UK benefits family of 12 who live on £50k handouts appear on Daybreak to defend controversial lifestyle
Stephanie Fennessy-Sharp, 28, and Ian Sharp, 56, claim 72k a year before tax
Family live with six of their children in 1,700-a-month house paid for with housing benefit
Couple say private landlords’ rent caps are too high and beg for 400-a-month council house to wean them off housing benefits
Stephanie admits they get too much – but blames the system. ‘It’s the Government’s fault – I need help getting off benefits,’ she says
‘I can see why people are angry. I want to contribute again,’ Stephanie says
18:01 EST, 28 May 2012
12:13 EST, 30 May 2012
A couple with ten children who said the 50k they receive in benefits makes it pointless going back to work have appeared on Daybreak to defend their controversial lifestyle.
Stephanie Fennessy-Sharp, 28, partner Ian Sharp, 56 live with six of their children in a 1,700-a-month five-bed house in Kent paid for by the State – and receive a further 28,000 in separate benefits every year.
Astonishingly, Stephanie insists she cannot go back to work because she would not be able to earn enough to cover the cost of their current lifestyle. For his part, Ian says his debilitating migraines have prevented him from returning to work for the past two decades.
Since the story broke, the two have come under fire for saying claiming benefits is ‘too easy’ and that they are better off on handouts than they would be working for a living.
But this morning, the couple hit back at critics who have called them ‘scroungers’.
We can see why people are angry, but it’s the Government’s fault’: Ian Sharp and partner Stephanie Fennessy-Sharp appear on Daybreak this morning to defend their 50k State handouts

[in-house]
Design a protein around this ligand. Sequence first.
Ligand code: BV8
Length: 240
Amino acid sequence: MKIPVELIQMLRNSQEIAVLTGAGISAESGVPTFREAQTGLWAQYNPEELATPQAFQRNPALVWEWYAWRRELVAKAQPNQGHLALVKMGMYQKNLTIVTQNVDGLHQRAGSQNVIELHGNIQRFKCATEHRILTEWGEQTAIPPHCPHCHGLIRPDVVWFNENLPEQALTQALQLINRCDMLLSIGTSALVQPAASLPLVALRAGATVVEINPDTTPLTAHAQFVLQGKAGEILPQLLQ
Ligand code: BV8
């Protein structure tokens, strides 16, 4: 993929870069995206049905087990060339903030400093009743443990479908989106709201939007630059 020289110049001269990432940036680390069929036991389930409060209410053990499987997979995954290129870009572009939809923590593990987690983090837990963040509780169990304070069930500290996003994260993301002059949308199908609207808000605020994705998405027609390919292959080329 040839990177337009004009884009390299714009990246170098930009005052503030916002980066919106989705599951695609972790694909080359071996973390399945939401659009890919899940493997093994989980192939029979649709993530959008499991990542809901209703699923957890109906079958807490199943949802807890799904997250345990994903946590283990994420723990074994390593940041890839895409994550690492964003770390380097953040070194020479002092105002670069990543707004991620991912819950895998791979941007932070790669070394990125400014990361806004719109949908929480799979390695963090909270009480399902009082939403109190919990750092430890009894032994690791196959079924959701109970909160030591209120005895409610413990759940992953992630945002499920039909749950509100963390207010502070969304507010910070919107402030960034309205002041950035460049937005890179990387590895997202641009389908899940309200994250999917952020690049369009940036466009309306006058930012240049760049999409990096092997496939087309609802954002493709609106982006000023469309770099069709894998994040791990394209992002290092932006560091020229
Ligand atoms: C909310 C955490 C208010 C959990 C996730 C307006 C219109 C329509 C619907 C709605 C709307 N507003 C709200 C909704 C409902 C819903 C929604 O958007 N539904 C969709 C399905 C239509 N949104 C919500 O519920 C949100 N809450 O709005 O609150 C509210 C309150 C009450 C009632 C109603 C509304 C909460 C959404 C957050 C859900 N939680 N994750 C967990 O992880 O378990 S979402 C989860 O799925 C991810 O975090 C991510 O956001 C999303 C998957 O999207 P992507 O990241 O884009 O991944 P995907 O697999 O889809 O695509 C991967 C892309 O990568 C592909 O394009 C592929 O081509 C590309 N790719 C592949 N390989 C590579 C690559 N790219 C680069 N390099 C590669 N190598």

In the interview, screened this morning on ITV, Kate Garraway asked Stephanie what she would say to those who have lashed out at her for claiming benefits she has admitted she does not need.
Her reply? That both she and Ian have ‘had their time working’.
‘I have worked full time,’ Stephanie says. ‘I’ve had my time working. When my eldest son was two weeks old. I went back to work, because I had a mortgage, I had a house. I couldn’t afford not to. Ian has worked full time, Ian has paid lots of tax.
‘But you’re not working now,’ Kate Garraway points out.ÃÂ
‘We are not currently,’ Stephanie agrees. ‘I gave up work before I met Ian because I had three children under 5 and I couldn’t work and afford childcare.’
‘The plan for the last 18 months has been I want to go to work.
‘However, I can’t get a job that’s going to cover my rent, my council tax and my bills.
For Ian’s part, he says he worked ‘straight’ from 1969 to 1992 until he was forced to give up his job after collapsing while at the welding machine at the firm where he worked.
He says that every three weeks he has to spend three or four days in bed with serious migraines and hasn’t been able to work since.
‘I didn’t want to leave my job,’ he says. ‘They made me give my job up, they said it was just too dangerous.’
‘There will be people watching who say you have every right to have as many children as you wish, but you can’t expect the public to pay for them, which is what’s happening now, Daybreak’s Dan Lobb says.
Stephanie, 29, centre, pictured with partner Ian, 56, and their ten
children – Bobbie, Cameron, Jack, Stephen, Sian, Charlie, Alex, Summer,
Callum and Nicole – says she knows she is taking advantage of the
benefits system – but blames the government for making it ‘so easy’
Ian replies: ‘We agree with that. Stephanie works 40 hours in a week in a charity shop to get experience so that she can get a job [Stephanie says she volunteers in order to get experience and to meet people, and so her children are instilled with a good work ethic].